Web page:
The overlooked benefits of renters insurance

A Hoboken resident clears water from a ground floor apartment on Fifth Street on October 31, 2012 in Hoboken, New Jersey.

The storm damage is still be tallied up from Sandy, but lot of New York residents will have to cover their losses themselves. That’s because most households in New York city rent -- nearly 70 percent -- and renter's insurance isn’t a very popular product. Fewer than a third of renters have this insurance, which covers household possessions and may pick up your hotel bill if you’re home gets damaged.

Daniel Schwarcz, who teaches law at the University of Minnesota, says most people don’t buy renter's insurance because they don’t have to.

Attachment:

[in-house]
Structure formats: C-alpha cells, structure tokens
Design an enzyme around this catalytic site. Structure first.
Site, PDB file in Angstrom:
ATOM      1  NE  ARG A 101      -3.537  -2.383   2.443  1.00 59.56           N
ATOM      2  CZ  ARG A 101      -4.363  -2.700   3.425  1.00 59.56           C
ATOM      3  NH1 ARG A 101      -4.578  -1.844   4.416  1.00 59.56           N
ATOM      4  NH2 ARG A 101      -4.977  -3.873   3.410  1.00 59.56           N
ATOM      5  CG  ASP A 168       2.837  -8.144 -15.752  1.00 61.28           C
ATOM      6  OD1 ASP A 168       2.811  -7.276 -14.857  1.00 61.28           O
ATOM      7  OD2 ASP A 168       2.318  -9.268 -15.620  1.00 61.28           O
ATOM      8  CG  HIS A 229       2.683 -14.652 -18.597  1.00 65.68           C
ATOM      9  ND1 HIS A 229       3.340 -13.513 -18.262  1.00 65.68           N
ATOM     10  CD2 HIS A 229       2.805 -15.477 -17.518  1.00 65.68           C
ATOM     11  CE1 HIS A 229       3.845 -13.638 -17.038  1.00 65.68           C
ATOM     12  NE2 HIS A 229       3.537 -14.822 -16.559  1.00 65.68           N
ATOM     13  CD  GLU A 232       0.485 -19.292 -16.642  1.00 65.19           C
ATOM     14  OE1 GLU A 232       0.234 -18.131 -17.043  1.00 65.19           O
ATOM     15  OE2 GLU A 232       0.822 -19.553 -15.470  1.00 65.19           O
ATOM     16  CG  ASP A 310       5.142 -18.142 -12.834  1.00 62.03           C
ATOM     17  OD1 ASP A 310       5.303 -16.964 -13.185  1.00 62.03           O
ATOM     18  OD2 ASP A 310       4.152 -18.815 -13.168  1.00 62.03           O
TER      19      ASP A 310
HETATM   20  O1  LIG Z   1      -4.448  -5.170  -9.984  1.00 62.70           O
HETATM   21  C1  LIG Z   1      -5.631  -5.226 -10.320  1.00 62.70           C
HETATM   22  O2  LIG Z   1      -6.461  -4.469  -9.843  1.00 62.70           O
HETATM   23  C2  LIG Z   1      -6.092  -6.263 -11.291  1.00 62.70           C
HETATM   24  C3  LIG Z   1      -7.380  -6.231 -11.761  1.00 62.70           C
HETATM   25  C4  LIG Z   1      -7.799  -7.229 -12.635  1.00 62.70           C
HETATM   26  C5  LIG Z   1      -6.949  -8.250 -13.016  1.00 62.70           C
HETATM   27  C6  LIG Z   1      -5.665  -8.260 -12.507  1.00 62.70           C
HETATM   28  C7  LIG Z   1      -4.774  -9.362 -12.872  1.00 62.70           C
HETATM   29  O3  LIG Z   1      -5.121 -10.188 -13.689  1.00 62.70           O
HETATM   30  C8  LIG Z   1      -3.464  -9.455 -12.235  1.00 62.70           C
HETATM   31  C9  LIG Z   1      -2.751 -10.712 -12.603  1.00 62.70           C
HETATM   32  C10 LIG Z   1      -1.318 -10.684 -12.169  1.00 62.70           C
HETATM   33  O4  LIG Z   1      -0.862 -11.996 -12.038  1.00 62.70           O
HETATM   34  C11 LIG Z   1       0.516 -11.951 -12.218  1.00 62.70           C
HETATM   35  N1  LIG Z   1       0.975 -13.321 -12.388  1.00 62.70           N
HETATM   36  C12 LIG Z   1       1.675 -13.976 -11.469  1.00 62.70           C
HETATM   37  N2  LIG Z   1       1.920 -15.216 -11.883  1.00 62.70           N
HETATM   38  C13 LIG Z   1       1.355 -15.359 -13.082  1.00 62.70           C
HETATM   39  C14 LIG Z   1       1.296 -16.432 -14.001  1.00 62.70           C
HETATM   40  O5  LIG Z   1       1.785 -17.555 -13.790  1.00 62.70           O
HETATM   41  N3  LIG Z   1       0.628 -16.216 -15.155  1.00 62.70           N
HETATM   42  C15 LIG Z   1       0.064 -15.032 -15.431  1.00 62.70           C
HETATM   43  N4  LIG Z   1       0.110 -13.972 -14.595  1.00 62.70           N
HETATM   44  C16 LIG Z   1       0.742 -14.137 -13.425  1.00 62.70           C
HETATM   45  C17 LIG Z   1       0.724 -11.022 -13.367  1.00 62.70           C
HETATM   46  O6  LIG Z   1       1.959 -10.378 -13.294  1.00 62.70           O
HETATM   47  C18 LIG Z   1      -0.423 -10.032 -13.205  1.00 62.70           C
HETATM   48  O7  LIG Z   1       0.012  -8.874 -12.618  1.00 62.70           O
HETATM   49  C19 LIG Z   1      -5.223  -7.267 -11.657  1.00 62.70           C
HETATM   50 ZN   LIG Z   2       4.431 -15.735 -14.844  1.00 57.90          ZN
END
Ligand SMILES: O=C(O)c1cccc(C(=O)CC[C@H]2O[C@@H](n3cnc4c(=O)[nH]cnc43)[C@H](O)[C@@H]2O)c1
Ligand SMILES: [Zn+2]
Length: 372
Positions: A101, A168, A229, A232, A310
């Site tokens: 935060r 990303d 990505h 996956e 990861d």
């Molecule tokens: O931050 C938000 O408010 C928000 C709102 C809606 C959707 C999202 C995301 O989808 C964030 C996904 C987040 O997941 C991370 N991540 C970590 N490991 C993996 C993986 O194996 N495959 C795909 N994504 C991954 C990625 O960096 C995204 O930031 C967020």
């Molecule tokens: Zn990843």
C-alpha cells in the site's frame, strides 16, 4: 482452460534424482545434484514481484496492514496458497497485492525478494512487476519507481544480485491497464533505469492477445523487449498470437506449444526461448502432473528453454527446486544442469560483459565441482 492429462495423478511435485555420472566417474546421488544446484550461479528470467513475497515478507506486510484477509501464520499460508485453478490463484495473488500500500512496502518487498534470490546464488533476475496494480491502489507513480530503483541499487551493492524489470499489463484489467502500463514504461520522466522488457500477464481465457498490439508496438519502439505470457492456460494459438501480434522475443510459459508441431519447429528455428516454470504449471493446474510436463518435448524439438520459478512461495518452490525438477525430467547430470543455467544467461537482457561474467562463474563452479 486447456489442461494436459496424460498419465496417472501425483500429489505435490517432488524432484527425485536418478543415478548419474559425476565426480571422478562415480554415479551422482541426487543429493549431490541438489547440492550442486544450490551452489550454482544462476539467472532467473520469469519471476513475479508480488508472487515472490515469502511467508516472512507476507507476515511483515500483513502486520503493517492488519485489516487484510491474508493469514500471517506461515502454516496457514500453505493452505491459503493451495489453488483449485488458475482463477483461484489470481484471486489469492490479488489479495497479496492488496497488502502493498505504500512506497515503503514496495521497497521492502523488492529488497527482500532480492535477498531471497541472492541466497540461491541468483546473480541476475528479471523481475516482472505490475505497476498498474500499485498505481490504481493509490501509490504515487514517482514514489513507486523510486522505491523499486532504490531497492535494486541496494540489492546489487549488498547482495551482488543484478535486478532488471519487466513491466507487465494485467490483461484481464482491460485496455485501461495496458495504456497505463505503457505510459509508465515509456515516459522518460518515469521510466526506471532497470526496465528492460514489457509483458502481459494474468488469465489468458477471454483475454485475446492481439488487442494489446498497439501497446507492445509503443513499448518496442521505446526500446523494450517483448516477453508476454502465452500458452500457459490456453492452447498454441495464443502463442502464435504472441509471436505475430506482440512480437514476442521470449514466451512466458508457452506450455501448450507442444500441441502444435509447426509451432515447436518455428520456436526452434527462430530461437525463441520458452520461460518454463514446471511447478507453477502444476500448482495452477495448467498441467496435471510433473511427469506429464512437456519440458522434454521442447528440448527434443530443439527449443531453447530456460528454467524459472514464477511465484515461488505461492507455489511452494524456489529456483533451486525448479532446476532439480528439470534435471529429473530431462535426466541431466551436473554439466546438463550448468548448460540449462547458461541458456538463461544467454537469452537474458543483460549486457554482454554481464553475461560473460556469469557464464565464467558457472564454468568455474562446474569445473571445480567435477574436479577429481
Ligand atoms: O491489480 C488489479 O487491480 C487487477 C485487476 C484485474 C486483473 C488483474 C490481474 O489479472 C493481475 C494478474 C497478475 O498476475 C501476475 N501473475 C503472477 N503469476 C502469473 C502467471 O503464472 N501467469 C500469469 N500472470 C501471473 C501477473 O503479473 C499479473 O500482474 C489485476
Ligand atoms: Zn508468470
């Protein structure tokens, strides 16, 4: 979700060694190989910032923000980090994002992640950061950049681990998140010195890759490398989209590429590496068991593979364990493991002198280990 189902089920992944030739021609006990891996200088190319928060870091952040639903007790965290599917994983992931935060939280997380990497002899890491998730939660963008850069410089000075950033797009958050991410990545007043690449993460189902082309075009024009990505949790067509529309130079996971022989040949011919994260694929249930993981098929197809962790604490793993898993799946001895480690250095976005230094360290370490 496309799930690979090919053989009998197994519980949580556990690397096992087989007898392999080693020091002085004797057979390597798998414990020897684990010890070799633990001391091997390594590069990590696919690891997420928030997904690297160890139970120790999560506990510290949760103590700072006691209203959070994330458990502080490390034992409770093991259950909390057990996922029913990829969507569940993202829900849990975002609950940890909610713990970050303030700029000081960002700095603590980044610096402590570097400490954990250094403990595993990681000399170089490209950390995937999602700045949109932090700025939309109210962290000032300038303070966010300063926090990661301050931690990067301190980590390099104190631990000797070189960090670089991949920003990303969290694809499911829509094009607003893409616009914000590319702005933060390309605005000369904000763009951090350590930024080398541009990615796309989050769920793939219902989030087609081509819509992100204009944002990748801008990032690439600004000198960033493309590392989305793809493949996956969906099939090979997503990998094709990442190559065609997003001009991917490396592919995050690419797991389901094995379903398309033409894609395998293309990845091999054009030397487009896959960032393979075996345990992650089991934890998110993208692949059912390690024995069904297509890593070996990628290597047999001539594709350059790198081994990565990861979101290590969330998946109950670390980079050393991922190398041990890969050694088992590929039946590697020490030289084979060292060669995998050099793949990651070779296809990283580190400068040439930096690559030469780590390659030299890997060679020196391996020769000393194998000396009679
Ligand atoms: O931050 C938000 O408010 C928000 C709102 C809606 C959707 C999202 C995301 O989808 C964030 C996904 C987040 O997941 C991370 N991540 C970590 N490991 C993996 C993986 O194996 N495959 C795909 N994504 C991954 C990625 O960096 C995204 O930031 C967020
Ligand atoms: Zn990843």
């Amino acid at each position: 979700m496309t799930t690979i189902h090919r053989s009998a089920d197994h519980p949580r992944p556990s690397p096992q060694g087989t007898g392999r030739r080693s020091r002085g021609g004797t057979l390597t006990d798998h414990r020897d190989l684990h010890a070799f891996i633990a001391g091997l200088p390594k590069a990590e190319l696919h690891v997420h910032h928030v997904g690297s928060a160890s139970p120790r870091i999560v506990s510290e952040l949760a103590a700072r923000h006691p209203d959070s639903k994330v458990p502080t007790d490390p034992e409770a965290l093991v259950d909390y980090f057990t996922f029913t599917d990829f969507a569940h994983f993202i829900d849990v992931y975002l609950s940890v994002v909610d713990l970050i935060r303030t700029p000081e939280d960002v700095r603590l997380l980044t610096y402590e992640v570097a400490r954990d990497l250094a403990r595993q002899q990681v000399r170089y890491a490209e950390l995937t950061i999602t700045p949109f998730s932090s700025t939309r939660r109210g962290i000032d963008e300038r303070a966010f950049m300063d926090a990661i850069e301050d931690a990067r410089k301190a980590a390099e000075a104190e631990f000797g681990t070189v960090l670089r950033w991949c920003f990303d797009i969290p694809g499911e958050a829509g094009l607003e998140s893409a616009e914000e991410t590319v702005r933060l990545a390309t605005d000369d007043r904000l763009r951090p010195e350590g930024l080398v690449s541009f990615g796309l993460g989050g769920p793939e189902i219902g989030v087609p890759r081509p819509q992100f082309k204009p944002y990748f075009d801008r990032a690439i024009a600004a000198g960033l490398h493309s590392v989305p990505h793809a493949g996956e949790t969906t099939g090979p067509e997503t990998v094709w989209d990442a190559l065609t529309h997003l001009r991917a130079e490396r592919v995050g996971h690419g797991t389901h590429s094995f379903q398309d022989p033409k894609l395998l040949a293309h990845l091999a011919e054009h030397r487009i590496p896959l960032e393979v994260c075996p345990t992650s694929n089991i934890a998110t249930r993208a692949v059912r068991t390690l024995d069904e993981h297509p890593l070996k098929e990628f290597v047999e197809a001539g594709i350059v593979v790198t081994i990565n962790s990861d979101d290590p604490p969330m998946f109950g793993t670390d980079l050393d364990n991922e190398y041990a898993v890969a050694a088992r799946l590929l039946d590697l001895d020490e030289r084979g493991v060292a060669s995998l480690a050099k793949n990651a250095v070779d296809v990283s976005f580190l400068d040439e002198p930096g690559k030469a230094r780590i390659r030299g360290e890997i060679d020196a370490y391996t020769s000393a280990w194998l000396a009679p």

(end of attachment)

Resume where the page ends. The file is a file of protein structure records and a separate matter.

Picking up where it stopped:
"It’s an optional product," he says. "There’s no outside compelling force to purchase it, as there is in the case of homeowner’s insurance," which is required by mortgage companies.

Also, renter's insurance doesn’t get a lot of publicity says Amy Bach, executive director of United Policy Holders, a nonprofit consumer group. "You probably never even thought about it, right? It’s an undermarketed product."

Renters insurance typically costs a few hundred dollars a year and even consumers who have heard about it are often inclined to pass, because budgets are tight. "More and more we’ll go into an area where there’s been a disaster and we find people who don’t have insurance," Bach says.

According to Bach, this is especially true in cities like Los Angeles, Chicago and Houston, where more than half of the households rent.

About the author

Stacey Vanek Smith is a senior reporter for Marketplace, where she covers banking, consumer finance, housing and advertising.

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